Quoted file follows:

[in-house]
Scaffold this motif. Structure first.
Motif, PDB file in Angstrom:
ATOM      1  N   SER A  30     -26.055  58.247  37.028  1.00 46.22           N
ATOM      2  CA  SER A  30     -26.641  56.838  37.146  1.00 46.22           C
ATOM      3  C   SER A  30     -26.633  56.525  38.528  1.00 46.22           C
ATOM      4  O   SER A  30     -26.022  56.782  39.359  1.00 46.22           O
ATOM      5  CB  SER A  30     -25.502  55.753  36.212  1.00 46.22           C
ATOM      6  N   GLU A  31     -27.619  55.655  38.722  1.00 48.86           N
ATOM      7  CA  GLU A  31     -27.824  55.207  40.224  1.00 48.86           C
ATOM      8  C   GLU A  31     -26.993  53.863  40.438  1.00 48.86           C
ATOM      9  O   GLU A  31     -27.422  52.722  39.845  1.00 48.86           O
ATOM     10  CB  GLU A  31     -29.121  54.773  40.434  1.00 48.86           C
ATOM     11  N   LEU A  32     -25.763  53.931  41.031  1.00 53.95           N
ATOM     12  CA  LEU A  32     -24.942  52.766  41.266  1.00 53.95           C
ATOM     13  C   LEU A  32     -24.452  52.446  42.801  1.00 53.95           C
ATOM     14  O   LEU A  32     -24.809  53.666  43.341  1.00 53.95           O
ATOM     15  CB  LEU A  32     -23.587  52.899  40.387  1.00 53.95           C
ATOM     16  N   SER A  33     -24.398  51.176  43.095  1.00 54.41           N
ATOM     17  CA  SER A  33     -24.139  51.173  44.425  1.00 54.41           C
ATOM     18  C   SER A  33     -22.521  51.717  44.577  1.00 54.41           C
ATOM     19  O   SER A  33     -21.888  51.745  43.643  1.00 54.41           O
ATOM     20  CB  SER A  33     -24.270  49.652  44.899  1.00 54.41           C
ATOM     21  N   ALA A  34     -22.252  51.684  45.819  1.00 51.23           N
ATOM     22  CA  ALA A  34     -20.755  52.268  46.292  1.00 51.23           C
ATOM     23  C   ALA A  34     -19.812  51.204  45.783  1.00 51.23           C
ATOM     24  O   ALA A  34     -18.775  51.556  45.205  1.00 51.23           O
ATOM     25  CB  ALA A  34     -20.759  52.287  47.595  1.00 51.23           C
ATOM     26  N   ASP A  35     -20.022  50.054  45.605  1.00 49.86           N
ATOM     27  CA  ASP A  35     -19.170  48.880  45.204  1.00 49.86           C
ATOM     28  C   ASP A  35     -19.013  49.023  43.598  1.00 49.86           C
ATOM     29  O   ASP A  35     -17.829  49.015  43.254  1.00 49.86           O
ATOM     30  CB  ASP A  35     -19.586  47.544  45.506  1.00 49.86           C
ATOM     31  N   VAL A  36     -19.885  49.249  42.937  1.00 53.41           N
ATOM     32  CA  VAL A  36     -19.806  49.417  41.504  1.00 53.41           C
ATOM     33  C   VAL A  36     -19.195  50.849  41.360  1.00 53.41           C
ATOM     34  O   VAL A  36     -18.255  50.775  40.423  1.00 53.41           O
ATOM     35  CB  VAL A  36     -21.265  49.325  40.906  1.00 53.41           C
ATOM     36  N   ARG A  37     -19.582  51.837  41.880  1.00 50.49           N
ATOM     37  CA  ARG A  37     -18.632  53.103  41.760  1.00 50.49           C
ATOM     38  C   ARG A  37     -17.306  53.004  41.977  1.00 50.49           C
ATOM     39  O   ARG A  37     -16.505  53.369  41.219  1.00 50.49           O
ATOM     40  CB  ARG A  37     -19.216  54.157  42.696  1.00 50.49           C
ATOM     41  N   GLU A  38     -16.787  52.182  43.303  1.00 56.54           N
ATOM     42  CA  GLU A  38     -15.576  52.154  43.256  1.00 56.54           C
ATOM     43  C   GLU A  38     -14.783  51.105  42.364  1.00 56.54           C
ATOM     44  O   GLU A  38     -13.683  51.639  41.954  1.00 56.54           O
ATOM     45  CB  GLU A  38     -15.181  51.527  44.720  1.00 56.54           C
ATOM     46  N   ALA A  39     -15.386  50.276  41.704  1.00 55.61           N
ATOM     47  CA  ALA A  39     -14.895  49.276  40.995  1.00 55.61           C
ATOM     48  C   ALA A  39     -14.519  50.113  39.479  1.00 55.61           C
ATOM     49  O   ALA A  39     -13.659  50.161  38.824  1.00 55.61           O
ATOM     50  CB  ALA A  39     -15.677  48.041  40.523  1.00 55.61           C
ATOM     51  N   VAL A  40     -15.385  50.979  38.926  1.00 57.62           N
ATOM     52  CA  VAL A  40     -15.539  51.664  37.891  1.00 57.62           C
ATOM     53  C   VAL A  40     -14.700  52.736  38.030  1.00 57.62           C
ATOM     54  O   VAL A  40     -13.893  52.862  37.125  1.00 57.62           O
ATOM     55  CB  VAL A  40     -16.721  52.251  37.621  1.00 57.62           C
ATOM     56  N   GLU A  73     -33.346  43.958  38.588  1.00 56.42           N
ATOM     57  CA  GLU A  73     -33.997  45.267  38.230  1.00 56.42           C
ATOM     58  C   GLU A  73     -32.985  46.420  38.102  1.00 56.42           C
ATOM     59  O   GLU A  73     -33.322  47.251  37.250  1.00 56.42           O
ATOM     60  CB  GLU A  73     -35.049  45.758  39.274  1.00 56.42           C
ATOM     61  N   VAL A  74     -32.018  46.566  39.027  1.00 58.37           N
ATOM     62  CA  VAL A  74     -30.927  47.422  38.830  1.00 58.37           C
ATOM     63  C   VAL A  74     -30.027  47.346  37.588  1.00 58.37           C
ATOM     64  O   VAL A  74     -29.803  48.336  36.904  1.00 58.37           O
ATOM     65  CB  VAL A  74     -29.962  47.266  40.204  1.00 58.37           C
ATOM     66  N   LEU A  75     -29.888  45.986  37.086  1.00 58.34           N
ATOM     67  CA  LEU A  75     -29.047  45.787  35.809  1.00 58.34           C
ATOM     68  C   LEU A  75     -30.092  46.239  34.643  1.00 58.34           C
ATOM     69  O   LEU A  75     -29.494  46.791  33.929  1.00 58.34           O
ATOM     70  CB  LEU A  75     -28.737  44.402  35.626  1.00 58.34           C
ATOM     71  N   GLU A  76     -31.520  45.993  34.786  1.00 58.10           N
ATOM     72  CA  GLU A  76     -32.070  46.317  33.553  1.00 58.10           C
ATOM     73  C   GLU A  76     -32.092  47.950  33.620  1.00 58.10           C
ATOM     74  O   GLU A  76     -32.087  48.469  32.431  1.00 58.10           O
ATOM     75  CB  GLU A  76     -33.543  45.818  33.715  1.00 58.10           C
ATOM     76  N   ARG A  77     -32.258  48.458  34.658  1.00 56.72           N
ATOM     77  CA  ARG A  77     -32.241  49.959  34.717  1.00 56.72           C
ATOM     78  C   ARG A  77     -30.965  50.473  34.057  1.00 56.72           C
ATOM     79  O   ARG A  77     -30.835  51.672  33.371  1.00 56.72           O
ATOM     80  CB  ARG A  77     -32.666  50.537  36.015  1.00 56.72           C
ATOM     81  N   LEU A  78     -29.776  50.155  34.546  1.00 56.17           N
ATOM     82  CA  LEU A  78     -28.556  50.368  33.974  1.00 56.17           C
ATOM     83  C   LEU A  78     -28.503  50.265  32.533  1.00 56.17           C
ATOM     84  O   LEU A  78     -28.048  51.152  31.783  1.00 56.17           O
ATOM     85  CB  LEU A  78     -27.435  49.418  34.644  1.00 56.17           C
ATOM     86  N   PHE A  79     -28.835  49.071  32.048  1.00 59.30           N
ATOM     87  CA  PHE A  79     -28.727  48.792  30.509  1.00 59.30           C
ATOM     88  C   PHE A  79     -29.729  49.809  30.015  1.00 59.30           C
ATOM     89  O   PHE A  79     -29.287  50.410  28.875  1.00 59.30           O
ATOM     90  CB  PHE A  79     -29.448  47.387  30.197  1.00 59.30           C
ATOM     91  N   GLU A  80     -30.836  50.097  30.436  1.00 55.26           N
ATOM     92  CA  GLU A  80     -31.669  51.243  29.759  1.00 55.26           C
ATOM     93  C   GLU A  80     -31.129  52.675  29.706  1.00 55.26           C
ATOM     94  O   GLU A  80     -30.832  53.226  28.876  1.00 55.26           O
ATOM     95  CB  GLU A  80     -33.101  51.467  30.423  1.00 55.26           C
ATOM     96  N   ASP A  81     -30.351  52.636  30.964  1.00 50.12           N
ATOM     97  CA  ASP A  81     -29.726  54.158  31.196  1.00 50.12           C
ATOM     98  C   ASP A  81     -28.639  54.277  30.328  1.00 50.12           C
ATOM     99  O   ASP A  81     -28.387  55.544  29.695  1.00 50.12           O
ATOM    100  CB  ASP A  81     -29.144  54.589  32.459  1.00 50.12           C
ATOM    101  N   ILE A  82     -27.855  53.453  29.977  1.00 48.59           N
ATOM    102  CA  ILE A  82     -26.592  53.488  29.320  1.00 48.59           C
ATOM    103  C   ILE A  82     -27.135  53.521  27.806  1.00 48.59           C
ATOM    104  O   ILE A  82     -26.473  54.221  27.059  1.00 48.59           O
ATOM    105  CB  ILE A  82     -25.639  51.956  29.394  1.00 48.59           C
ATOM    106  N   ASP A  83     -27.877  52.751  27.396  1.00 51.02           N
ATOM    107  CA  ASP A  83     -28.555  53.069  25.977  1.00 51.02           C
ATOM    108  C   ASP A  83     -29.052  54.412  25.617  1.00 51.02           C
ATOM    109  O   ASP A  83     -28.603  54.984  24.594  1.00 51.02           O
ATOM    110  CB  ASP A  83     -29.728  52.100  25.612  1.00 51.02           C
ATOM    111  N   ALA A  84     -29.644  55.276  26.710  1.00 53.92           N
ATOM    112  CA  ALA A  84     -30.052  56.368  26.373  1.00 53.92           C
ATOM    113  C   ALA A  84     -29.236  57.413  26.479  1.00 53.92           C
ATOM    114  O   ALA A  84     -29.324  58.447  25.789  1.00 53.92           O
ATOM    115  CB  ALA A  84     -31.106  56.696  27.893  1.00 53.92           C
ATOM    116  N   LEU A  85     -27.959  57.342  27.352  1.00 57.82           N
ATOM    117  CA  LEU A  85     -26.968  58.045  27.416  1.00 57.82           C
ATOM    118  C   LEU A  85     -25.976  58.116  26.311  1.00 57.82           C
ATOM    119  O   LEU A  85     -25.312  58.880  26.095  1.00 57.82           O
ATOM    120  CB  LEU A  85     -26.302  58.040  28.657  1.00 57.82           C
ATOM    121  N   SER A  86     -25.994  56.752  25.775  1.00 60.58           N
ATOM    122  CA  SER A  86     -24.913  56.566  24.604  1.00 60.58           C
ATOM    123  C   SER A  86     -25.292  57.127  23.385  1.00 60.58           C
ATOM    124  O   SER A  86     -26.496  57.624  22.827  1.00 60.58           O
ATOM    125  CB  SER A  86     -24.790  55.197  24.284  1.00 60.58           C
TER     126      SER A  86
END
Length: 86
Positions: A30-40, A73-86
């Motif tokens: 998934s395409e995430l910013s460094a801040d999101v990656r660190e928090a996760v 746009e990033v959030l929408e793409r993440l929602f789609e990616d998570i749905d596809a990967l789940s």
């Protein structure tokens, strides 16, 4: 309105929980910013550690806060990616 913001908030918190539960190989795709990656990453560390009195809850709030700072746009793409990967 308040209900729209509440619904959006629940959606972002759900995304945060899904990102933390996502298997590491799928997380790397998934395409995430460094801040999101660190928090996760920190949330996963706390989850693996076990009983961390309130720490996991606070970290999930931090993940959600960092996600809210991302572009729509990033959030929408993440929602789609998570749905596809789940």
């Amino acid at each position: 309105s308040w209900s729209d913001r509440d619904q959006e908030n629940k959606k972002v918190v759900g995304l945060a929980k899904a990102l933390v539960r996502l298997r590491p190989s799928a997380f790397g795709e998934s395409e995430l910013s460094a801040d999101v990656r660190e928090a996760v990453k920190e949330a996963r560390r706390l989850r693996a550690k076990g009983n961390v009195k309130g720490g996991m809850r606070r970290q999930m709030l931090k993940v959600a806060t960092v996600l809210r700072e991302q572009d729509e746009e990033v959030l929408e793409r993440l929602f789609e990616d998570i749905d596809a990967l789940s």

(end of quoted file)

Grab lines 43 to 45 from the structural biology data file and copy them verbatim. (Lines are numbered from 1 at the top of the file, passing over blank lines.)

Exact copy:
ATOM     40  CB  ARG A  37     -19.216  54.157  42.696  1.00 50.49           C
ATOM     41  N   GLU A  38     -16.787  52.182  43.303  1.00 56.54           N
ATOM     42  CA  GLU A  38     -15.576  52.154  43.256  1.00 56.54           C